Hidden Gem - Easiest Way to Manage SqlLocalDB

SQL Server LocalDB is not something new to me. The ability quickly to run, and destroy a database without much hassle has been great aid in running test code which was meant to target a live SQL database. That said, it wasn’t always without any hassle at all. I tried various tools which make it a bit easier than the command line tool but nothing was perfect. Until recently, when I’ve discovered the humbly named NuGet package which is as simple as it gets.

What is SQL LocalDB?

SQL Server LocalDB is a simple utility which ships with recent SQL Server editions (Express included). It let’s you create a temporary, yet full-featured database. It may not seem like much, after all it’s possible with SQL server itself to connect to master database, run create database and initialize it according to your needs.

The difference is though that one doesn;t have to manage two connections and doesn’t have to share credentials to the master database or require Windows Authentication. Instead, an automatic instance is always available locally. However to run a fully isolated database it is necessary to create it, start it and eventually destroy.

> SqlLocalDB.exe create MyTestingDB
> SqlLocalDB.exe start MyTestingDB
> SqlLocalDB.exe stop MyTestingDB
> SqlLocalDB.exe delete MyTestingDB

It is also possible to use a magic Server=(LocalDB)\MSSQLLocalDB connection string (also supports attaching to file db). Personally though I’ve had mixed results with using a connection string. To be honest I never fully understood how it’s supposed to be used ;).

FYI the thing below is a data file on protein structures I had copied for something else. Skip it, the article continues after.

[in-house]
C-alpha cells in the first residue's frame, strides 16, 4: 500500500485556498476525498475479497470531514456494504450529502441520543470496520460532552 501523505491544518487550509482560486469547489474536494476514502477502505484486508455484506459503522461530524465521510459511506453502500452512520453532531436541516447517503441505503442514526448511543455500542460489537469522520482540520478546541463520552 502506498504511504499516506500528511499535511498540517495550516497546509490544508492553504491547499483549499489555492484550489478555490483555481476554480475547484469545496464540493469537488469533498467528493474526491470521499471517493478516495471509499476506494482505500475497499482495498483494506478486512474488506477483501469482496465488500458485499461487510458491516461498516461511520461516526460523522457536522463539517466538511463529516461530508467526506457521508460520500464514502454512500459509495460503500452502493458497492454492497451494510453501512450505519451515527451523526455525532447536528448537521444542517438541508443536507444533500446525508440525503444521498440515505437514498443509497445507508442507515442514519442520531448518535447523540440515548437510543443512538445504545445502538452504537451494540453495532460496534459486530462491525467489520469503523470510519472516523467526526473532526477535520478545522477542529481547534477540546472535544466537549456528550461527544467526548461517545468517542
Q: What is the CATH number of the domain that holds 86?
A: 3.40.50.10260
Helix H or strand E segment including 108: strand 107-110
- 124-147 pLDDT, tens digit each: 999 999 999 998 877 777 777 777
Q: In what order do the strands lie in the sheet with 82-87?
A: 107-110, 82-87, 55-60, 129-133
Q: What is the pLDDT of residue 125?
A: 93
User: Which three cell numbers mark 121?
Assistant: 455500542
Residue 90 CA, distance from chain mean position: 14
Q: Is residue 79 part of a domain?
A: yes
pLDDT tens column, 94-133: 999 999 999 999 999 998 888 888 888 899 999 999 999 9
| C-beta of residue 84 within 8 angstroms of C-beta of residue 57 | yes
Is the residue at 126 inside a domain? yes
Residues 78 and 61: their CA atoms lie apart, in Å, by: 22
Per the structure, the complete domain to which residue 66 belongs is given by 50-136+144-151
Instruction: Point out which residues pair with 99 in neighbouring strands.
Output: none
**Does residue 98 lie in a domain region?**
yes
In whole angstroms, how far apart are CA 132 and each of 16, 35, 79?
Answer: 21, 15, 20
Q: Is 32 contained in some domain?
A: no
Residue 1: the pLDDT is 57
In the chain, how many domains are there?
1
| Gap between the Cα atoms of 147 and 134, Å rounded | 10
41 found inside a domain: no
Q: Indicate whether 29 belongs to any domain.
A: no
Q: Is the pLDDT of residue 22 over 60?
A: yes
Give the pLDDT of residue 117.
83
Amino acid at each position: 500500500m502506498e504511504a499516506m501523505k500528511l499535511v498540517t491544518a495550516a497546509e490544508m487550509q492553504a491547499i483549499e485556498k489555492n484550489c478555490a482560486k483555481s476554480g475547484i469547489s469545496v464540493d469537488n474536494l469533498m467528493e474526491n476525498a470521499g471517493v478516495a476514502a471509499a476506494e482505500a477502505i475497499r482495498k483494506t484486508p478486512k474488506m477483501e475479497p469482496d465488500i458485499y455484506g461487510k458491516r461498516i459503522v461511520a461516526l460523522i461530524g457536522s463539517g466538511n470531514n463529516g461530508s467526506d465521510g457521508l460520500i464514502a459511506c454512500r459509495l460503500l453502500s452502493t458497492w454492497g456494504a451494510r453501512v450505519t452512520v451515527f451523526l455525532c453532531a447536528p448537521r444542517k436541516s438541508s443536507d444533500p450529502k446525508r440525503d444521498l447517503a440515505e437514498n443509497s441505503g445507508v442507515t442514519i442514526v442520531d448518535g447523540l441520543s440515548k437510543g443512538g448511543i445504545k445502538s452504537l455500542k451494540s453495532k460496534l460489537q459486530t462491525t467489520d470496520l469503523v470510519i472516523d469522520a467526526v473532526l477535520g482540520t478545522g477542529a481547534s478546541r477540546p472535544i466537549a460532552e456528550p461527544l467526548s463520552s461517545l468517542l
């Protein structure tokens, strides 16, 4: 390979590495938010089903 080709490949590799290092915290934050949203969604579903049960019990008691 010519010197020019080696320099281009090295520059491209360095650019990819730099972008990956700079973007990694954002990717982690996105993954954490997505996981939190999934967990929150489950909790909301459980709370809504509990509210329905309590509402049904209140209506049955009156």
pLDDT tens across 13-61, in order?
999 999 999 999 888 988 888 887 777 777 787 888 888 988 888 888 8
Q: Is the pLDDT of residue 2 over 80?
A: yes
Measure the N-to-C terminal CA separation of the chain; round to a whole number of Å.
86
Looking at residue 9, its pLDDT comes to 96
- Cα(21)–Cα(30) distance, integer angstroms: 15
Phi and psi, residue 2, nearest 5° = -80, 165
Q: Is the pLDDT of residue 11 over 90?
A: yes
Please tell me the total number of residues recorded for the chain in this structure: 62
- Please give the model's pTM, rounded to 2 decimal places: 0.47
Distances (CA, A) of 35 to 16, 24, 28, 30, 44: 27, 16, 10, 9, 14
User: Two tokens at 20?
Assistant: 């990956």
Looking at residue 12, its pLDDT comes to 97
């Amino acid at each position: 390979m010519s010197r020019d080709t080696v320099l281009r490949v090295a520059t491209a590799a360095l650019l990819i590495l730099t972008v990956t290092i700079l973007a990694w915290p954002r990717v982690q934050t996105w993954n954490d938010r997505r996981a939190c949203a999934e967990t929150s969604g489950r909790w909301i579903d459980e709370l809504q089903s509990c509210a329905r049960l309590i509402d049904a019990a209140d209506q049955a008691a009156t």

Managed code to the rescue

There are a number of C# libraries which aim at simplifying the use of SQL LocalDB. In a previous project we had integration tests run against a temporary database created in code yet the steps still followed the same patter showed above:

  1. Create LocalDB instance
  2. Start the instance
  3. Get its connection string
  4. Create a ADO.NET connection
  5. Stop the databse
  6. Destroy it

I had a feeling back then that it’s not as friendly as it could get and just this week, while migrating an old open source library of mine to .NET Standard I discovered what has to be the most hassle-free solution.


Turns out it’s not new but it somehow slipped under my radar the last time I was looking.

It’s really dead simple to use it:

using(var database = new LocalDatabase())
    using (var connection = database.GetConnection())

        // do your thing
        // run your tests
        // or whatever

No need to manage the LocalDB instances at all. The library will make sure that it’s created and then get rid of it once the LocalDatabase object is disposed. It’s as convenient as it gets.